National 4 November 2016
Dear Member,

Welcome to the thirteenth issue for 2016 of ASMS Direct, our national electronic publication.

You can also keep in touch with the latest news and views on health issues relevant to public hospital specialists via our website, which contains links (at the top of the home page) to our Facebook and LinkedIn pages, as well as our quarterly magazine The Specialist. We’re also on Twitter at

Observations on the DHBs’ responsibility for failure to agree on SMO rates (additional duties only) for the first RMO strike

You may be aware that another 48-hour RMO strike in late November is possible.  An RMO ballot is underway and the outcome may be advised any day now unless the DHBs and RDA reach agreement or make serious progress in further negotiations before then.

In anticipation of that possibility, we report again on the disingenuous position of the national leadership of the DHBs (with regard to ASMS and our negotiations for SMOs rates for those who undertake additional duties as a result of the strike) in the lead up to the first strike last month. 

In the event that strike action is confirmed and the DHBs are notified accordingly, ASMS will offer advice in respect of the second strike.

We previously recorded our concern and frustration at the DHBs’ irresponsibility and bad faith in the national ASMS Direct of (14 October 2016).   A letter dated 13 October addressed to all SMOs went out over the signature of Ron Dunham, the Chief Executive of Lakes DHB and the Chair of the DHBs’ National Chief Executives Group.   His expectation was that each chief executive would then forward his letter on to their SMO workforces.  But it became clear that there was division among the chief executives, with a number opting to ignore Mr Dunham’s letter because of its inflammatory tone.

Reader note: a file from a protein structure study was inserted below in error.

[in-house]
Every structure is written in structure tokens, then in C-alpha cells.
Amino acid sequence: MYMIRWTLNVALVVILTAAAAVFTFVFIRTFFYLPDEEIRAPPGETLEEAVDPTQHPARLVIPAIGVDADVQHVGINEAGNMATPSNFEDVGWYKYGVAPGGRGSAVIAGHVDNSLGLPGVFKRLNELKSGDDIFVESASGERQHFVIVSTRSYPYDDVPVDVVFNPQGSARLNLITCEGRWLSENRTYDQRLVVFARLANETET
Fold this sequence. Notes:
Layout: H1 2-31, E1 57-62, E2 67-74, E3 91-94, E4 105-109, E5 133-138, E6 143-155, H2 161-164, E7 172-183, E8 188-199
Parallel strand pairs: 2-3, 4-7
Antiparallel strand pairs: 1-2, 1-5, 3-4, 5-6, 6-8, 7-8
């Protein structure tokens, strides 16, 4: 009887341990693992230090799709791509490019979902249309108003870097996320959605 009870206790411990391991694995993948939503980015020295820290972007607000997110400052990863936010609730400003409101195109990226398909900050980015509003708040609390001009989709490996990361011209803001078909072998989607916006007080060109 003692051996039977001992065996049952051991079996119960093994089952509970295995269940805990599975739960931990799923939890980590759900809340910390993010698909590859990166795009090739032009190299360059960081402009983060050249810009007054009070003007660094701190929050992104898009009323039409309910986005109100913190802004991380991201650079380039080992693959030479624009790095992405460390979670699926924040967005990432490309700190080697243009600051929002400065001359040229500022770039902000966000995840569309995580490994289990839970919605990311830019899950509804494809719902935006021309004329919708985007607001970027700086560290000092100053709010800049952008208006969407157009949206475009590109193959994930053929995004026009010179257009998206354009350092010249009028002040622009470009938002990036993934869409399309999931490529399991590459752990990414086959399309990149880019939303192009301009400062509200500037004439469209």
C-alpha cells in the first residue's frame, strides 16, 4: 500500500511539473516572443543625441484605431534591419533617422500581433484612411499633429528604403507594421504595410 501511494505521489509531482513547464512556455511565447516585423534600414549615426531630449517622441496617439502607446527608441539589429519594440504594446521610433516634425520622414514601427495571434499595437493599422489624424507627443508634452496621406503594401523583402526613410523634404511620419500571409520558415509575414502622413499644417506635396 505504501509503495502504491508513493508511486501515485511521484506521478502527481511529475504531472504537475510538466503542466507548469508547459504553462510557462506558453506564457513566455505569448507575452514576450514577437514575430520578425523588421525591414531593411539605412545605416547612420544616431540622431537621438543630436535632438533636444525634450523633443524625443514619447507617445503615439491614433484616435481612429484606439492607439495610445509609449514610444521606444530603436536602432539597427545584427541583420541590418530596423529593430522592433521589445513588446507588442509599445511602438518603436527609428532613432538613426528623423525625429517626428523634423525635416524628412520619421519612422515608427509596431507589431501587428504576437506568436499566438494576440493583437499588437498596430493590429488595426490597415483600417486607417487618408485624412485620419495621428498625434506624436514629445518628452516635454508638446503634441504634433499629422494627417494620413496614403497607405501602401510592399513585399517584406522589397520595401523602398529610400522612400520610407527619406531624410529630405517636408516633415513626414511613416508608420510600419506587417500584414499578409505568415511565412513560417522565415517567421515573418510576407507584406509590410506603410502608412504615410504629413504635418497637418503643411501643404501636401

Mr Dunham’s letter and some of the alternatives to SMOs in explaining their version of events sowed further confusion by offering ASMS members a choice (within a range) of rates they might claim (some came closer to the ASMS claim by simply offering the actual unadjusted 2008 rates rather than also those rates cut by up to 33%).

The important point to make about a number of the letters sent to SMOs by individual DHBs is that they contained a number of statements that were, at best, wrong and misleading or, at worst, dishonest.

For example:

  1. They stated there was a rate within the existing MECA that pays SMOs between $169 and $208 per hour for additional duties undertaken in such circumstances.    That is simply not true.  Whether the writer of those words was ignorant of the MECA or dishonest is not clear.   Clause 13.4(a) does provide for an hourly rate of $169 (double the Specialist Step 6 hourly rate) to be paid for an “immediate and unexpected absence of an RMO”.   But the absence of RMOs during a strike is neither immediate nor unexpected and Clause 13.4(a) has absolutely no application during an RMO strike.   Furthermore, nothing in Clause 13.4(a) refers to any rate(s) in excess of $169.  The $208 rate referred to in Ron Dunham’s letter is a figment of someone’s fevered imagination.  
  2. The chief executives are trying to distance themselves from their 2008 agreement with ASMS by snidely describing those rates as being “union negotiated”.  Are they embarrassed to acknowledge they too were parties to that agreement?
  3. They disgracefully state that the 20 CEOs call into question the ethics of the rate demanded by the union, in reference to our claim for the 2008 rates plus a CPI adjustment of 13.6% for the intervening eight years.   The union did not “demand” – we submitted a claim, which we were entitled to do and no one should be surprised that our starting point was the inflation adjusted deal agreed with DHBs eight years earlier.  Are the employers belatedly now acknowledging their own unethical behaviour by agreeing to the 2008 deal?
  4. Further, our negotiators in 2016 made it clear that although we had claimed a CPI adjustment on the 2008 rates, we were open to negotiation over the adjustment - and that remains our position today.